The other challenge is the reality of getting food from suppliers on the week of a wedding with no guarantee what you’re going to have. I’ve countered that by making sure I have at least two of each supplier and that they’re all fully committed to the concept.
Has your business been affected by the pandemic and how have you adapted?
“I have learned the value of saying no. I have learned how wonderful it is to walk away from potential work in favour of family time. What a privilege it is to be able to pick and choose the work I perform and how that is a key factor in the sustainability of this practice”
In March 2019, I had just completed work on my purpose-built kitchen and was looking forward to a busy summer season having slowly built a good reputation around Cork. My Five-Year Plan was that I would solely be catering for weddings and large corporate events and I was happy to be on that trajectory. Within ten days of the pandemic hitting I had brought a weekend treat box to the market – the first to deliver all around Cork County. Others followed suit and so I moved on to care packages of homecooked, chemical-free freezer meals for people who were isolating or having babies. I followed that with a six-month series of supper clubs, all the while the goal being to get as many tasty calling cards to as many people as possible so that when things opened up again, I would be in as strong a position as possible.
I grew my social media following during this time by hosting several live series introducing friends and colleagues in the food and wedding world and made some valuable connections.
What is the support for entrepreneurs in Ireland like and how could it be improved?
Access to supports could be improved. I, and many other entrepreneurs I speak with would find it really helpful if there was someone we could go to that would advise us of all of the supports that are in place for us. I have found navigating supports more laborious than it ought to be and I have probably missed out on lots of supports because of it.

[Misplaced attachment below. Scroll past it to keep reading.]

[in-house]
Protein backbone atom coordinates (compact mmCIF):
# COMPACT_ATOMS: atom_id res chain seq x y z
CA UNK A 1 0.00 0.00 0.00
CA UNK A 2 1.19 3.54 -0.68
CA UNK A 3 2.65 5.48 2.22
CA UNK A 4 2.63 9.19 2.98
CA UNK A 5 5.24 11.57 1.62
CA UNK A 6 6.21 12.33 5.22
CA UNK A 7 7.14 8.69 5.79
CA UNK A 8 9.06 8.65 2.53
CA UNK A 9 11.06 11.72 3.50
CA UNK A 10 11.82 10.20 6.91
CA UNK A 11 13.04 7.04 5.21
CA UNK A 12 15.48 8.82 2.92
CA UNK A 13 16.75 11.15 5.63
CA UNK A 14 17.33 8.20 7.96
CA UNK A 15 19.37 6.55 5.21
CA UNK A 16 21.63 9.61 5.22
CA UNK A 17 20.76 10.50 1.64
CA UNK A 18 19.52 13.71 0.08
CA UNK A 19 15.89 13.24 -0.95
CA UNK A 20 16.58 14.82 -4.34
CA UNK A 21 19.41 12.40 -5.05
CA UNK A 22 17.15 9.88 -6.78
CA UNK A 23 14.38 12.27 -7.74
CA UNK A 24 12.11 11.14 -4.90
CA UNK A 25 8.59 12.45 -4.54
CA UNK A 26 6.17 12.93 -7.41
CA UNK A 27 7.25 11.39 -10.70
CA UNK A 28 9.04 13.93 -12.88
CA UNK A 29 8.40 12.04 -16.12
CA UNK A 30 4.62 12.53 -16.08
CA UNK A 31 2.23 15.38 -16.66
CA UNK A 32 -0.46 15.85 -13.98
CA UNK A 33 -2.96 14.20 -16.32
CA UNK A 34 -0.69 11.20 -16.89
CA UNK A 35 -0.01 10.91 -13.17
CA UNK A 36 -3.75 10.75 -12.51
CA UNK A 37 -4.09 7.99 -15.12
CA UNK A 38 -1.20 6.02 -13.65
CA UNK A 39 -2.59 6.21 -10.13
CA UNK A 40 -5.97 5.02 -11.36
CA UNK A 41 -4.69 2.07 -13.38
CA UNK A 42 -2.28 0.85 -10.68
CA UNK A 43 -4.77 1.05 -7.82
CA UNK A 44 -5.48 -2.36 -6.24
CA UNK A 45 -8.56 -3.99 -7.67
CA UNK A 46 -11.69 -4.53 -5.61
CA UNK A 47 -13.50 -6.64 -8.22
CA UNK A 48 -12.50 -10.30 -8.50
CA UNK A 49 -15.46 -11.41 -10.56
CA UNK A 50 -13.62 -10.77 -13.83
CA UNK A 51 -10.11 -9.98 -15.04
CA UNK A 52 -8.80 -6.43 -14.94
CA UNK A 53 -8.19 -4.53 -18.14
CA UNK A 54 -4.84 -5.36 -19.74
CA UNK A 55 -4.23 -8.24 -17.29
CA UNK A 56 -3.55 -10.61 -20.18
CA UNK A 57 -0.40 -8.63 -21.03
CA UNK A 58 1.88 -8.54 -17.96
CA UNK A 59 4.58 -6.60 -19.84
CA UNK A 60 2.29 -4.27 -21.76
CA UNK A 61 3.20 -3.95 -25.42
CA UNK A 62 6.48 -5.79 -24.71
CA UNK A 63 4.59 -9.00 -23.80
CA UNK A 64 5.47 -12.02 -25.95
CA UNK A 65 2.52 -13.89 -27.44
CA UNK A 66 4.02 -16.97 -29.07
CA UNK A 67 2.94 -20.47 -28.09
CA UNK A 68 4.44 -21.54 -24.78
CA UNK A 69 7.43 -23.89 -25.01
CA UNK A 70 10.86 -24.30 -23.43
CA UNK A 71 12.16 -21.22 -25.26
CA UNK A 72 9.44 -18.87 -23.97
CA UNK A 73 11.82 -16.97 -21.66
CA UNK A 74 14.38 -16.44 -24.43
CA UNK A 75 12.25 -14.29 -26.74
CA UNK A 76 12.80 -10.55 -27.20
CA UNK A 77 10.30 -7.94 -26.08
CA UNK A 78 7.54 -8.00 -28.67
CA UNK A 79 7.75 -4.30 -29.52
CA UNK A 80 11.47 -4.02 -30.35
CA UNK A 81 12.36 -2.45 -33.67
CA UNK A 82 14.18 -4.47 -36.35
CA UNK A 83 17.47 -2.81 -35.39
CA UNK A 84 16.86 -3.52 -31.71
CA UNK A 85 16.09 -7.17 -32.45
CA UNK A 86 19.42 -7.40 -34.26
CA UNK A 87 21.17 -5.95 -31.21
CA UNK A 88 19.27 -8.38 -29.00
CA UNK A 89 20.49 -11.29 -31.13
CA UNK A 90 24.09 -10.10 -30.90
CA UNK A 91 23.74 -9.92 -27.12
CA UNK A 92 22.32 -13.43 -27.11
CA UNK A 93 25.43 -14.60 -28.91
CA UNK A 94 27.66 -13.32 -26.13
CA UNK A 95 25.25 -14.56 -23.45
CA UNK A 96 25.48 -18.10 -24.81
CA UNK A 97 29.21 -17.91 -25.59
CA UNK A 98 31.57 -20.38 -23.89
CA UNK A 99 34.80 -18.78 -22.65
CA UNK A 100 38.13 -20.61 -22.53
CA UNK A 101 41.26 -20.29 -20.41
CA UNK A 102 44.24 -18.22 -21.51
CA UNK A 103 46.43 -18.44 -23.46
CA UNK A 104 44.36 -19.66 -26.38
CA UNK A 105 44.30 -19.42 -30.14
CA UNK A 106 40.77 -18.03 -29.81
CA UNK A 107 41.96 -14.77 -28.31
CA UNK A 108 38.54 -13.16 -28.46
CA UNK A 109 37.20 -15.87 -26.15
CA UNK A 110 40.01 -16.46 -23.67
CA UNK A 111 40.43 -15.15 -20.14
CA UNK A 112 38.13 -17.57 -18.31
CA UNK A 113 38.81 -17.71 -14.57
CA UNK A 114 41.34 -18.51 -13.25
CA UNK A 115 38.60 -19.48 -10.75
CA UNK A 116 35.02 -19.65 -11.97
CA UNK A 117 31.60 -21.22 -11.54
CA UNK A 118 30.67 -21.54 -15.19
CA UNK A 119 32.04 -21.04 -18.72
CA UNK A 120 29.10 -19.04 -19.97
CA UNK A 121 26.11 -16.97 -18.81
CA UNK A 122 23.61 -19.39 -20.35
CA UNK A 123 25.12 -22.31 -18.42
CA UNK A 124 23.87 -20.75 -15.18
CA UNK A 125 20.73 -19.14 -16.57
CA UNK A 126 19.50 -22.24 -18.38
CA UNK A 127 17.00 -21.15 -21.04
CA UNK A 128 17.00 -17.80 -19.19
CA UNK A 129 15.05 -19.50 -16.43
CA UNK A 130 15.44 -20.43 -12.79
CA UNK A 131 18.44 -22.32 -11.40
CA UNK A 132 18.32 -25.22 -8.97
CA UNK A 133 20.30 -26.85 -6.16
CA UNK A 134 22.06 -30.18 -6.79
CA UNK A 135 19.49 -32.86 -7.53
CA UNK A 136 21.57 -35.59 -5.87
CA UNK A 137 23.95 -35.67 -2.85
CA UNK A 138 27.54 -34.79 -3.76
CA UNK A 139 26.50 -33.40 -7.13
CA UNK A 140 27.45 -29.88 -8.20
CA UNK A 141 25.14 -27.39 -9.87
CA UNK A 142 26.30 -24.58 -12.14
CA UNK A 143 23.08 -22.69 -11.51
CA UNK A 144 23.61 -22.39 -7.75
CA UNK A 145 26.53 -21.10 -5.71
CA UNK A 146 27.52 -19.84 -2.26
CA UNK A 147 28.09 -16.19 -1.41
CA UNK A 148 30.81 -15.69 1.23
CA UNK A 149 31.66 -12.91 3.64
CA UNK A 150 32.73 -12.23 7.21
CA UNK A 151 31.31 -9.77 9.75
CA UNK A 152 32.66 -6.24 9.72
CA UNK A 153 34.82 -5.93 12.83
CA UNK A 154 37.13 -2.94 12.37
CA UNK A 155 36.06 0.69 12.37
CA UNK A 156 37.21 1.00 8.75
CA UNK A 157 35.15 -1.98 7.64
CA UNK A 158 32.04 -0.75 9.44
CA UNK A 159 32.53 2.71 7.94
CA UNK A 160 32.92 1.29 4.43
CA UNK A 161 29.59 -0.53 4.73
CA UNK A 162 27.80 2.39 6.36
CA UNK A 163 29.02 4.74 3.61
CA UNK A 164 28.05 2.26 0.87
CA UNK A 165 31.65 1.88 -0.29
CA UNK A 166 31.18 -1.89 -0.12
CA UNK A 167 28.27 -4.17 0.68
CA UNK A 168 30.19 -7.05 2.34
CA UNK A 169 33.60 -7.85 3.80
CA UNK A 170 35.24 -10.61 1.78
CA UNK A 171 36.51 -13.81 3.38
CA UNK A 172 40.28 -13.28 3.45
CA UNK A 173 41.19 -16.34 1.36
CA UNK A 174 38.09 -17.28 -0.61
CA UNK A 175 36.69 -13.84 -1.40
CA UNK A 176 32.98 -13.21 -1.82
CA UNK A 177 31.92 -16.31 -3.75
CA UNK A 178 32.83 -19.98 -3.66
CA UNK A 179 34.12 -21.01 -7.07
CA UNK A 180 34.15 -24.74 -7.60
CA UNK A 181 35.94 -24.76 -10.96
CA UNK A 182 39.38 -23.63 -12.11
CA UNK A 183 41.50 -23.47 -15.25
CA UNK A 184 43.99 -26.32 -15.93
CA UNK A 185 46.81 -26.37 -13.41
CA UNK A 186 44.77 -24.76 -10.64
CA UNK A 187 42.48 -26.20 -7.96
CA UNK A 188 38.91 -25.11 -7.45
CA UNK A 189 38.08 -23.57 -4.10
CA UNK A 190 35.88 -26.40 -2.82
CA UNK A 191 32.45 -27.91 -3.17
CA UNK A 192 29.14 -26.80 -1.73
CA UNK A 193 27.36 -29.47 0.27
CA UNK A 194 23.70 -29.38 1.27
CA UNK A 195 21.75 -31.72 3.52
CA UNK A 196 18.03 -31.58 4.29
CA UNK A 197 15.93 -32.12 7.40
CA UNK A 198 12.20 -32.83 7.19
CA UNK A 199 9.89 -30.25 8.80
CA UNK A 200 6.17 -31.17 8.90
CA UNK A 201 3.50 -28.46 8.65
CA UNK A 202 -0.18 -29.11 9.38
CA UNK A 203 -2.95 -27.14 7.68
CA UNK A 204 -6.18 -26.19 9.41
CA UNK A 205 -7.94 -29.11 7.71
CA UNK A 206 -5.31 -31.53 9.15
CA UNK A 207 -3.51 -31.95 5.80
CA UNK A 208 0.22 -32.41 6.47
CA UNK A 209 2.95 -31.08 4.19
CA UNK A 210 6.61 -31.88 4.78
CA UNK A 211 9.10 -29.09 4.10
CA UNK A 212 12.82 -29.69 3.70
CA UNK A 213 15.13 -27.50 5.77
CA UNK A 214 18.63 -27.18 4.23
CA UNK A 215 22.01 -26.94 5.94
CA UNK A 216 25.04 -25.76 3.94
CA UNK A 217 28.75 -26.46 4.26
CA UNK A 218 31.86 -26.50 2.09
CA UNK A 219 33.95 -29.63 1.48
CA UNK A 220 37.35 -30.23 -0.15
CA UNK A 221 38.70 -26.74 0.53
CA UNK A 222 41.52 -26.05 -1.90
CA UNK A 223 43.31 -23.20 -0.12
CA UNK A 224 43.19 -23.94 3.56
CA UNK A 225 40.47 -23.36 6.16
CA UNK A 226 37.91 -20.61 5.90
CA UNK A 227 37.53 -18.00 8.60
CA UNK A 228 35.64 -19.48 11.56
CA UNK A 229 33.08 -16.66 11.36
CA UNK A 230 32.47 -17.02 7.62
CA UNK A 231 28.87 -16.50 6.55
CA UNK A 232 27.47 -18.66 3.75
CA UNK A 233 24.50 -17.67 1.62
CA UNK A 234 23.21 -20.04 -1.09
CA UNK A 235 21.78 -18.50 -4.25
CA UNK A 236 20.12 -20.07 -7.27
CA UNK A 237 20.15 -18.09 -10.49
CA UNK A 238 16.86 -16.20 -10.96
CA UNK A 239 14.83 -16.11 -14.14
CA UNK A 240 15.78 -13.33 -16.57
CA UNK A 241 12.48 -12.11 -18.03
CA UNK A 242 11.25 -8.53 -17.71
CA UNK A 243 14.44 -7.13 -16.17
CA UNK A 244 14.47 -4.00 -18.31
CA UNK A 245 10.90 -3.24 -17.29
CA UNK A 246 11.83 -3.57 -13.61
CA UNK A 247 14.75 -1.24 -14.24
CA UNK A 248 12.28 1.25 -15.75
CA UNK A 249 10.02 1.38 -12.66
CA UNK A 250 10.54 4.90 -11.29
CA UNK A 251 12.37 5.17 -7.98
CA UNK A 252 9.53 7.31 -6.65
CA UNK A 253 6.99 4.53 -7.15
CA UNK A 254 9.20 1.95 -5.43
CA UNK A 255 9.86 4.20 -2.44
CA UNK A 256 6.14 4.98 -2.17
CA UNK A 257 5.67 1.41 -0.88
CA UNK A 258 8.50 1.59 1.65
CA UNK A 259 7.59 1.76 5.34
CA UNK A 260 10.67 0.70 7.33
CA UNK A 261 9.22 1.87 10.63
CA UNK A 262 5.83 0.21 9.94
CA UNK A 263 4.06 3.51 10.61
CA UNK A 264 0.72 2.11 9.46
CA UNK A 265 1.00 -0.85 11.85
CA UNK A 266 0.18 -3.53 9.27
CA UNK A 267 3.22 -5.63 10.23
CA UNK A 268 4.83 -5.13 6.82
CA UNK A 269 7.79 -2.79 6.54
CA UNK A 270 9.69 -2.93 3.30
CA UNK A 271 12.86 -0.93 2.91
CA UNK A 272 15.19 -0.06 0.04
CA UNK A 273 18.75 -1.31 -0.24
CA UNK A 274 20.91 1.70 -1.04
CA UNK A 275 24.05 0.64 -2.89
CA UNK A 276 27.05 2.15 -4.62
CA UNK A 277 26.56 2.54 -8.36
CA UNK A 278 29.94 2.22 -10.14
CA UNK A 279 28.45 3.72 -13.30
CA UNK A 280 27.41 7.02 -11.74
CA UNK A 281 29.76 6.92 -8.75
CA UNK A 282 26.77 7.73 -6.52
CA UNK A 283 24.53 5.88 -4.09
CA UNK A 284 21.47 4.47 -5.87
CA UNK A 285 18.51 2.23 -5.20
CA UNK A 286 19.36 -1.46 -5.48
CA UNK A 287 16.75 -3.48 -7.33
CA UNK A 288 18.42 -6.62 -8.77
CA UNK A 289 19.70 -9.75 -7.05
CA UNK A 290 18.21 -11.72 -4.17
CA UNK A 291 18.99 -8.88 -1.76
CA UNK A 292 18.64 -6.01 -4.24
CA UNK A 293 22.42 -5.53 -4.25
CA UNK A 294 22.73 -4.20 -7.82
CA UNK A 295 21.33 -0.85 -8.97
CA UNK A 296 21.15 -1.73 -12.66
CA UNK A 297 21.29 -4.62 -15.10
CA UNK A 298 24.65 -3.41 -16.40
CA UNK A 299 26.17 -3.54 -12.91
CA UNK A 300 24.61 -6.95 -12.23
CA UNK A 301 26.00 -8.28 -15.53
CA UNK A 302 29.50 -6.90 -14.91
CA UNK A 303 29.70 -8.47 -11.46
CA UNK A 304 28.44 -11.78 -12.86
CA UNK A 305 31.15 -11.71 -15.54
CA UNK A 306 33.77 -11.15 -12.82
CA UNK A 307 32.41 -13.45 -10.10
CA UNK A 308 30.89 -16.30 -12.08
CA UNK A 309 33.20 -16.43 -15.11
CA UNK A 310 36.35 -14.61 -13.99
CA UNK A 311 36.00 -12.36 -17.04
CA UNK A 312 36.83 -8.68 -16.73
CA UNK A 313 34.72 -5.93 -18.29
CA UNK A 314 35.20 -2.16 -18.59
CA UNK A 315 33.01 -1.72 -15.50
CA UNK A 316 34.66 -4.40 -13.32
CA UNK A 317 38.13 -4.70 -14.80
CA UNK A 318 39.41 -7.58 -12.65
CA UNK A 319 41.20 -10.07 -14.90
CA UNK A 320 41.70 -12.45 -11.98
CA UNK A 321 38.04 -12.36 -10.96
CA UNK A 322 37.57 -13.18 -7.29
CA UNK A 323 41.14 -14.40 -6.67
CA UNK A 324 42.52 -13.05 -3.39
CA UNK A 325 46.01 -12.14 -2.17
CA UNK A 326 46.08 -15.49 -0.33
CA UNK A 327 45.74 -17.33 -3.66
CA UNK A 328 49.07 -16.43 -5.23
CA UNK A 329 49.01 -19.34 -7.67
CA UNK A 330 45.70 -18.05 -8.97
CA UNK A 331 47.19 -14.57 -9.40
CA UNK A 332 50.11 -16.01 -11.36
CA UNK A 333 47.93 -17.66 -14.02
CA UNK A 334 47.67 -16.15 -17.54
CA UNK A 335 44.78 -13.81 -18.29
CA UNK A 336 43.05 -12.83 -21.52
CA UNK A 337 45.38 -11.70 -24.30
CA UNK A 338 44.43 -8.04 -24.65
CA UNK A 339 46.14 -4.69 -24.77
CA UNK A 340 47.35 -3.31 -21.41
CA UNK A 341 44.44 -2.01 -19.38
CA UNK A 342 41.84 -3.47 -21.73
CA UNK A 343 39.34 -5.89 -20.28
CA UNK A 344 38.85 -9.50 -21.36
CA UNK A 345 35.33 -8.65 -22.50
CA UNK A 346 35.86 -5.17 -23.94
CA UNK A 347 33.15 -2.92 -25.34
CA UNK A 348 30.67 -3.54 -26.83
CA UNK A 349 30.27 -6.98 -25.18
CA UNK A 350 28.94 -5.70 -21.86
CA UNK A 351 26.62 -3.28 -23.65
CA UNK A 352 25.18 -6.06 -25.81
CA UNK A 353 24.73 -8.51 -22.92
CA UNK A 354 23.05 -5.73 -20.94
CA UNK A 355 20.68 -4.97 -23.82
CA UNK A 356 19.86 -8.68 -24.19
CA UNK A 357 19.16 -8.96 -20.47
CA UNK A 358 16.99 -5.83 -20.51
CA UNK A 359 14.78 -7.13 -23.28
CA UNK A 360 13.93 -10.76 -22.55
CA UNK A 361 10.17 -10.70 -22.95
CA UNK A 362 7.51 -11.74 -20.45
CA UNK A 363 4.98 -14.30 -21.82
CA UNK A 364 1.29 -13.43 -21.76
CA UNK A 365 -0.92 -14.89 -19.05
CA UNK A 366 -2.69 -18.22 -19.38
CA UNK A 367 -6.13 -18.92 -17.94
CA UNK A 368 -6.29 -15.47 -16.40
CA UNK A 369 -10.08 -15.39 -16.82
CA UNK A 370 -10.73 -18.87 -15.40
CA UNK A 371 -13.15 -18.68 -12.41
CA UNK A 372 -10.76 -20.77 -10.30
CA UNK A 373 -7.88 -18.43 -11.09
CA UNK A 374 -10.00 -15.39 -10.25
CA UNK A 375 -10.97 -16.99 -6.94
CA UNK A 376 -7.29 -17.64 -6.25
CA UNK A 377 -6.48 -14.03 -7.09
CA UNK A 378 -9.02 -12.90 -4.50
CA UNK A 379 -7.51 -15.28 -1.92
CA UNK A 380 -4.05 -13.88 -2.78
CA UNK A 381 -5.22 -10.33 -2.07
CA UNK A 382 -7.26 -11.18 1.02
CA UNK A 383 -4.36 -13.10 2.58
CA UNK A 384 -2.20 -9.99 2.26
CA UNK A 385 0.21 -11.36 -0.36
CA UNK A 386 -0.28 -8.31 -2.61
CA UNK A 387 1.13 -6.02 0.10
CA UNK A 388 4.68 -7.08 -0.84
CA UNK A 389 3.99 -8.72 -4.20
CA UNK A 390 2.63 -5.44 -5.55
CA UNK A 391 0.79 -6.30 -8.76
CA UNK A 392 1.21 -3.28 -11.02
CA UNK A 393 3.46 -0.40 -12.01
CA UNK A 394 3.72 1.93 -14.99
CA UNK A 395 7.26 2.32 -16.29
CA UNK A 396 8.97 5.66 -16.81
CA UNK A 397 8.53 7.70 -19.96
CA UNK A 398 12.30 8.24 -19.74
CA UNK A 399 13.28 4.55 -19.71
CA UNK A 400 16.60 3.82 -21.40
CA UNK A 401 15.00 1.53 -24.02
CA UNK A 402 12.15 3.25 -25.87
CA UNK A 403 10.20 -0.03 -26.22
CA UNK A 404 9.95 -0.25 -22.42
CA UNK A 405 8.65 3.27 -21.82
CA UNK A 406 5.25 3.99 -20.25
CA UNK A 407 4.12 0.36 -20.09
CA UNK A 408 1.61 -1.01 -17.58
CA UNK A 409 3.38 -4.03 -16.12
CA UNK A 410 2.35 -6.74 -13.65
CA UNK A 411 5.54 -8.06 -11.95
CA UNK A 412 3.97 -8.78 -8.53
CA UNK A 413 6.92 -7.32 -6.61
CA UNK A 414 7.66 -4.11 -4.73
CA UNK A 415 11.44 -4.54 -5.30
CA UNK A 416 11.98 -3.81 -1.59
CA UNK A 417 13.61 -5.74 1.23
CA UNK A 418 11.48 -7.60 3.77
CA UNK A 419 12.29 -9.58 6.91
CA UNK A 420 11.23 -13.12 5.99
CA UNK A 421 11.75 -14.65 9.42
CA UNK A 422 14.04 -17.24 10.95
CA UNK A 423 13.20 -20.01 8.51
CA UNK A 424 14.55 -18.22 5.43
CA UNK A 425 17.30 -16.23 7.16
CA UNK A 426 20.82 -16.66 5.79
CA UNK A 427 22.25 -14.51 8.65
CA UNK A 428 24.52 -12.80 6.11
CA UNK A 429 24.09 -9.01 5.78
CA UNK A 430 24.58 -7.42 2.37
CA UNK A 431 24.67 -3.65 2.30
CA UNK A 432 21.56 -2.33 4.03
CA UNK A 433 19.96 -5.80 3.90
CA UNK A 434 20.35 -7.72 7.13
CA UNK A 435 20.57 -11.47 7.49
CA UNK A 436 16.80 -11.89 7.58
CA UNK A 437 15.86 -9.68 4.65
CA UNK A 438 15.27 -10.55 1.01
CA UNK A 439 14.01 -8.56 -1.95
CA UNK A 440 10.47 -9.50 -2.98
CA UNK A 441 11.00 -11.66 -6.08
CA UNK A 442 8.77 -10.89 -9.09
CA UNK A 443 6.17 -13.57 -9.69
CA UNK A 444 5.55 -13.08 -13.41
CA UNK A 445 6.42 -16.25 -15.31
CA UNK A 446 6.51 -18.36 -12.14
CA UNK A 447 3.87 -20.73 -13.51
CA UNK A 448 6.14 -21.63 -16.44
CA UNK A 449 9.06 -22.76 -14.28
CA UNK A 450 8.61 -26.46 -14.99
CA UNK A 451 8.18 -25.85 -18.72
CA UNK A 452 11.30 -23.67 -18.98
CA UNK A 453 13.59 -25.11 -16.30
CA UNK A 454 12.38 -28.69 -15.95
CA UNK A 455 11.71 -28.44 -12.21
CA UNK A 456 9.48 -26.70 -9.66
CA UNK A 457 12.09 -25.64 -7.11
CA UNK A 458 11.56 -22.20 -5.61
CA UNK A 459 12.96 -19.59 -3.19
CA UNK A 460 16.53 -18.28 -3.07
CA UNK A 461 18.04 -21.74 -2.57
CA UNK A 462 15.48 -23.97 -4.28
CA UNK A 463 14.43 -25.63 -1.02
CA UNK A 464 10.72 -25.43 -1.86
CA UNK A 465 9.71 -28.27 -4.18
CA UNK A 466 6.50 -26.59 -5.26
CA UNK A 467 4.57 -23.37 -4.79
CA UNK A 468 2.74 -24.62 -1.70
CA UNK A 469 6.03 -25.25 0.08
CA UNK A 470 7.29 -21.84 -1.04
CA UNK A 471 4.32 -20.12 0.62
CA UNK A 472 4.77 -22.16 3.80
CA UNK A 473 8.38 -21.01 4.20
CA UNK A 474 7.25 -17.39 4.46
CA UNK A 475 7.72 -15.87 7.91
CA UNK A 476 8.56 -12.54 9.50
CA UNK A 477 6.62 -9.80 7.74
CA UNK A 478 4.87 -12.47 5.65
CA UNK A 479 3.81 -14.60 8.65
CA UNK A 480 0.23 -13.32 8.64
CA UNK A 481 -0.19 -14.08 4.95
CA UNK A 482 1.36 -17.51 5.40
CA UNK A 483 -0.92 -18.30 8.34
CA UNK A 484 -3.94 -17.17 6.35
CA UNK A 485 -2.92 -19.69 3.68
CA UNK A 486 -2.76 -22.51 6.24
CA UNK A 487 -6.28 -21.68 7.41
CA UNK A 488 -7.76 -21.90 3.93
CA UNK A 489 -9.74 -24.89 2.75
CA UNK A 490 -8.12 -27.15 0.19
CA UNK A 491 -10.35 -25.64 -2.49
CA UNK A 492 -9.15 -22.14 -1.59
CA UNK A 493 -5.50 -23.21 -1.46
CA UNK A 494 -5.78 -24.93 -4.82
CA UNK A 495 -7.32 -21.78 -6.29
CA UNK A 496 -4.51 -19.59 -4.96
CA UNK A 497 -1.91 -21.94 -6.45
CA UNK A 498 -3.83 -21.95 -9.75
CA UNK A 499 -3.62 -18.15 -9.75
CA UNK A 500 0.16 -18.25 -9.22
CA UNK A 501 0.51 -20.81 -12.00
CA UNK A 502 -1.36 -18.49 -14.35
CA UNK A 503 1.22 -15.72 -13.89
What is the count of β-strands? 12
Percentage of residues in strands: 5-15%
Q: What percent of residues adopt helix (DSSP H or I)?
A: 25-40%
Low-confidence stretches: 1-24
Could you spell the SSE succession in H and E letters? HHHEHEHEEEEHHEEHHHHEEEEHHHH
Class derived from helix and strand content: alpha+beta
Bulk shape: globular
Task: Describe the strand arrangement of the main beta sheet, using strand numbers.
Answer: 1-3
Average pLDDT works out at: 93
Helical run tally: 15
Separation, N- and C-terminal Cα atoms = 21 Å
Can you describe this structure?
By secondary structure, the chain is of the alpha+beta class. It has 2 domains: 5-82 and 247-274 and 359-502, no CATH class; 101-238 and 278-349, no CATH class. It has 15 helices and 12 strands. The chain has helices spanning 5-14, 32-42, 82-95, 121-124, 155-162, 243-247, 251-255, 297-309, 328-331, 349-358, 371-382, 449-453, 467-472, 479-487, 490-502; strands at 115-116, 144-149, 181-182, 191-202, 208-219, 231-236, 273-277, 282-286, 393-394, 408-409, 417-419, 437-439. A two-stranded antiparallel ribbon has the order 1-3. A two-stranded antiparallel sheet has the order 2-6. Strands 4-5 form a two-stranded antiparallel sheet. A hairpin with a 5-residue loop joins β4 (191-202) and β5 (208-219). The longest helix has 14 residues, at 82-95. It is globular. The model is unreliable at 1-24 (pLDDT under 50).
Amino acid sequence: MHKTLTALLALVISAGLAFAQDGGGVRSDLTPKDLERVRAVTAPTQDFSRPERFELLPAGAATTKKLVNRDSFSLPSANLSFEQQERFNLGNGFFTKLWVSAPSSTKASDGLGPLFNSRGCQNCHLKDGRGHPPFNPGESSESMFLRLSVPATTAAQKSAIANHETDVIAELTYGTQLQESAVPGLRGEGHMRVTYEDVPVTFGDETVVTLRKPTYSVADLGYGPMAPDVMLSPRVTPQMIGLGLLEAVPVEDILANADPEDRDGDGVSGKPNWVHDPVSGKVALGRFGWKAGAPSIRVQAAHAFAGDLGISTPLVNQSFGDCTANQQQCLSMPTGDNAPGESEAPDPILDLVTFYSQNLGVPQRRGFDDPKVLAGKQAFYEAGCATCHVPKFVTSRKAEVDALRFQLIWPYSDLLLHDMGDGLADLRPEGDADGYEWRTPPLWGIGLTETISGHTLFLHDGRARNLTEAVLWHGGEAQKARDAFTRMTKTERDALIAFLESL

What lessons have your learnt and what would you pass on to other businesses?
I have learned the value of saying no. I have learned how wonderful it is to walk away from potential work in favour of family time. What a privilege it is to be able to pick and choose the work I do and how that is a key factor in the sustainability of the company. The work I do requires extreme focus, energy, and leadership. It is incredibly taxing and I realised early on that I need to protect my energy in order to be able to do what I do at such a consistently high level. This isn’t just a job for me. This is me giving my heart and soul to a project to ensure it surpasses all expectations. It is so important to me that the people who hire me are completely blown away by the experience. And so, I mind myself.
Have belief in where you’re going and have a focus on where you wants to be. That’s really important. Surround yourself with a network of like-minded people, who are an inspiration to you.
What is your proudest moment?
The past four years have offered such growth both personally and professionally. I have had many proud moments from winning creative professional businesswoman of the year, to being a regular contributor to the RTE Today Show, to being featured on national radio and newspapers, for launching a brand new concept in event catering “zero waste weddings and events”. However, my proudest achievement has been committing to focusing on what is really important to me. And that is my young family. Their happiness and wellbeing trumps all else and I am proud of myself for understanding that.
What are your plans for the future?
I’d like to contribute more regularly to recipes in newspapers, to do more TV work, and most importantly to keep talking about and effecting change in zero waste catering.